The sad thing is that the experience I had the other night has actually affected me less than I’d expected. I feel sick and furious and saddened, but I don’t feel significantly less safe than I did before. I’ve been thinking a lot about why this is the case and I realised it’s because I’m ALWAYS scared of being raped when I travel. Like really scared. The incident on Saturday night shook me, but it didn’t surprise me. This isn’t the first time that a man has made me feel threatened in such a way. It’s not even the third or fourth or tenth or a hundredth time. I’m not downplaying the incident; it was one of the worst encounters I’ve had and it shook me. But living my life as a woman necessitates constant vigilance. I must analyse each situation, particularly when travelling solo, weighing up whether each experience is worth the potential risk. And the problem is that this is an impossible equation. How can I make the call as to whether travelling alone through Central America is worth the increased risk of rape? It doesn’t even make any sense. There is no correct answer. And why should I have to analyse things in such a way? Why should I feel that I must choose between my safety and my desire to experience new things?

We are never safe:

The other aspect is that it’s not an issue confined to travelling. We are never safe. I, along with every Australian woman, was forced to rethink the way I perceive threats in my own neighbourhood following the tragic rape and murder of Jill Meagher in Melbourne last year. I don’t want to say too much about this incident because enough has been said and I don’t want to use a family’s tragedy like an anecdote. Suffice to say that the violent, abhorrent events of that night unfolded in streets that I know well, that I frequent, that are my home. Recently, for the first time since I was fifteen, I have felt unsafe walking home by myself at night and I hate that. But what am I supposed to do? I choose to socialise with my friends at night-time. I choose to wear what I want when I do so, and I choose to drink too much if I am so inclined. I need to get home somehow and it is not workable to have my lifestyle contingent on having a housemate, friend or boyfriend accompanying me.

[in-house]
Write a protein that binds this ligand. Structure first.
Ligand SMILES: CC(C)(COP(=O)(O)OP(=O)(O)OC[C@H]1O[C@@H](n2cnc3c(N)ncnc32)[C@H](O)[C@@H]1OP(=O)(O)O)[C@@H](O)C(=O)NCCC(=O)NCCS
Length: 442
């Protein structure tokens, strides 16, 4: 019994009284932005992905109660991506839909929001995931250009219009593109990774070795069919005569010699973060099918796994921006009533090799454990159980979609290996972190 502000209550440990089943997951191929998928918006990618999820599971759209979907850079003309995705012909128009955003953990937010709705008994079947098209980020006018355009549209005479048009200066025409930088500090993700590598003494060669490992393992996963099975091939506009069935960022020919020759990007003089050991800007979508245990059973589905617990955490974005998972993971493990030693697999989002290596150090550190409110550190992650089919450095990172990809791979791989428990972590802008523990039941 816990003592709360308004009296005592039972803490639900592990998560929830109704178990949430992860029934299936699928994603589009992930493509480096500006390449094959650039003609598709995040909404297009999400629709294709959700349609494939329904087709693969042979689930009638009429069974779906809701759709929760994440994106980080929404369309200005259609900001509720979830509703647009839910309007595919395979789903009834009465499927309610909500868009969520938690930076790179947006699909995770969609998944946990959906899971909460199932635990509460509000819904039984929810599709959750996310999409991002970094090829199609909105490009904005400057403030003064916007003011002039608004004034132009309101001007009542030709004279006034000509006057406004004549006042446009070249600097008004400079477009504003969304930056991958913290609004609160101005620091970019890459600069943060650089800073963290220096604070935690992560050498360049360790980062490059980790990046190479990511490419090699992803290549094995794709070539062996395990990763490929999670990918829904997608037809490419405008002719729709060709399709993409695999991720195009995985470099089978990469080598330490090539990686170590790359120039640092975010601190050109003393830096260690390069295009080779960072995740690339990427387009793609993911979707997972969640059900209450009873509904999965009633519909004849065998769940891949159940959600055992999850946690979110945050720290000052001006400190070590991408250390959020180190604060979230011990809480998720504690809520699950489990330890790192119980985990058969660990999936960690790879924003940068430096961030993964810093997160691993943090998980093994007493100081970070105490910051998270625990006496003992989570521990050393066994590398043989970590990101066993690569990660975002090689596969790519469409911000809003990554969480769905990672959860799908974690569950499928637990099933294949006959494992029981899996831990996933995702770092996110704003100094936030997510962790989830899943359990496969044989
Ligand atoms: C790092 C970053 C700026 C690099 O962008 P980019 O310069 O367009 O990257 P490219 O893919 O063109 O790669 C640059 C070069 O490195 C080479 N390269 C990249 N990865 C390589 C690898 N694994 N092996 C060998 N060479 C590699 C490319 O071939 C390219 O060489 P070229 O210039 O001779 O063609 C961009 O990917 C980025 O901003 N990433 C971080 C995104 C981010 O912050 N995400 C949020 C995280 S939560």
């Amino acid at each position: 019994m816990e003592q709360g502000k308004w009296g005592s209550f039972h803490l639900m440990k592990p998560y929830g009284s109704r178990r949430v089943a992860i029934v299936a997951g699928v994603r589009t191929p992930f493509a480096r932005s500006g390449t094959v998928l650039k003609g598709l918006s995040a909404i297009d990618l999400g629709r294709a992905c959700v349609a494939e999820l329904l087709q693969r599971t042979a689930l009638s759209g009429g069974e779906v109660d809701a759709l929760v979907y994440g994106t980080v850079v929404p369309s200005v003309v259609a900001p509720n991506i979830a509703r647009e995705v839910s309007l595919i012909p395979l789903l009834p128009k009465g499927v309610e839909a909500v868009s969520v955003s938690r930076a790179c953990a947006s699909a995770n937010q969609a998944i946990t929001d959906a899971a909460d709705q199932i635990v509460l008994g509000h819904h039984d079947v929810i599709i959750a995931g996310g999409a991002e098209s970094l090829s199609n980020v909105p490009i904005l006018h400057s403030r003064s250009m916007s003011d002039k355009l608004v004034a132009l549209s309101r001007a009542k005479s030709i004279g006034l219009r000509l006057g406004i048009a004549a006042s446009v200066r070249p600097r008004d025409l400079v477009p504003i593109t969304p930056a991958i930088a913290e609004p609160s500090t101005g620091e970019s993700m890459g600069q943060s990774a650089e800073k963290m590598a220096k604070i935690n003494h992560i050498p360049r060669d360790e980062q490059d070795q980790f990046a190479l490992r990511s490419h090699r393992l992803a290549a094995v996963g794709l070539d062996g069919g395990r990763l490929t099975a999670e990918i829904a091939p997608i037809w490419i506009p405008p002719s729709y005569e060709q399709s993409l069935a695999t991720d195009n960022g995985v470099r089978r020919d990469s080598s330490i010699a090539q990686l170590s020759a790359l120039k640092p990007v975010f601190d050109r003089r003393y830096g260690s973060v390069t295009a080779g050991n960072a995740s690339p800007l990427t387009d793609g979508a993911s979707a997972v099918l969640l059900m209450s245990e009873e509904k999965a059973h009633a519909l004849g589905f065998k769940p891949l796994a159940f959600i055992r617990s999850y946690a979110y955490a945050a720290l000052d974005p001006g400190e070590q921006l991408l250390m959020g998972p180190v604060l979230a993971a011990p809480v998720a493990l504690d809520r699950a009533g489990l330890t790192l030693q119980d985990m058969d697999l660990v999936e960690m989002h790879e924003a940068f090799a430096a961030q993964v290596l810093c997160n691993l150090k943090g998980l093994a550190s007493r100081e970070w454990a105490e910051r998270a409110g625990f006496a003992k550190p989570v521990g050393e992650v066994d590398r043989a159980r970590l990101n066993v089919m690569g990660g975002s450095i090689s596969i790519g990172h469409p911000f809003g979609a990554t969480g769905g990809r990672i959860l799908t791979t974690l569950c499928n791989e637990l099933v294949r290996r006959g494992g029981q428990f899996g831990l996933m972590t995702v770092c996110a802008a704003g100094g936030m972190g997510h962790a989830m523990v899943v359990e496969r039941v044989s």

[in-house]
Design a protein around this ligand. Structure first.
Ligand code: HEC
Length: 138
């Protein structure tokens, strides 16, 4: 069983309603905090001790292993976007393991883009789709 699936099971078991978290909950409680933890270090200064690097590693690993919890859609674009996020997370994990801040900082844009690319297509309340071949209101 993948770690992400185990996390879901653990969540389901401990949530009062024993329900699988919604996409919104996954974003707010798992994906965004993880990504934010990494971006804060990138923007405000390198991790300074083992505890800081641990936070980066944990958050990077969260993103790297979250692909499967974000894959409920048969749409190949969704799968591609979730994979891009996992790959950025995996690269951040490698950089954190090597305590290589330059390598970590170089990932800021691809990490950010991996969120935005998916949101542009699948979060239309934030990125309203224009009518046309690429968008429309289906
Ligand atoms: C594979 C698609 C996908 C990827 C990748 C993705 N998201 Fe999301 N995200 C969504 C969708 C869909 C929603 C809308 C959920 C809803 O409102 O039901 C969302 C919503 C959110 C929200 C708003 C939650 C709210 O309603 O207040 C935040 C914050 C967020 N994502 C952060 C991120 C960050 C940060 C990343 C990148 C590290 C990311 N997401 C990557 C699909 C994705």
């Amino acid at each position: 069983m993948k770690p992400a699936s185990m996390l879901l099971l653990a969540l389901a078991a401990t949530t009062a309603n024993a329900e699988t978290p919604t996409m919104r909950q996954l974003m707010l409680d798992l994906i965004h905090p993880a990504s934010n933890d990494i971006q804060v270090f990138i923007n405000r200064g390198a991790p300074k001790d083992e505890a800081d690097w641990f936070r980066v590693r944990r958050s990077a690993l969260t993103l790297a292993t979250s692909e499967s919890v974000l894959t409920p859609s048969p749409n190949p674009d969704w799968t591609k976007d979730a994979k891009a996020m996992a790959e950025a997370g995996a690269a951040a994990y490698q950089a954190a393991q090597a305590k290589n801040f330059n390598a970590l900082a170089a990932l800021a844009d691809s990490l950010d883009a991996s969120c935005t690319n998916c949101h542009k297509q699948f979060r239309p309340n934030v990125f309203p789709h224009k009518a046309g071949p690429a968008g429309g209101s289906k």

Maybe I could restrict my social interactions to daylight hours. But I still have to work, and we are not safe there either. In my most recent job I was involved in a Critical Incident in which a client cornered me in an empty part of the Community Centre, repeating to me that I wanted him to ‘fuck’ me, encroaching on me. He fled when I called for assistance on my walkie talkie. He realised that I was less alone than he thought I was and he ran for it. I was working with very vulnerable, often unwell, people though, so maybe I could restrict my employment to more stable environments. This wouldn’t work. I recently worked out that I have experienced sexual harassment in every single job I have ever had. The seriousness of the harassment varies greatly across jobs and the perpetrators range from co-workers, superiors, customers to clients. I’ve had about half a dozen jobs over the years across retail, hospitality and the social sector and I wasn’t safe in any of them.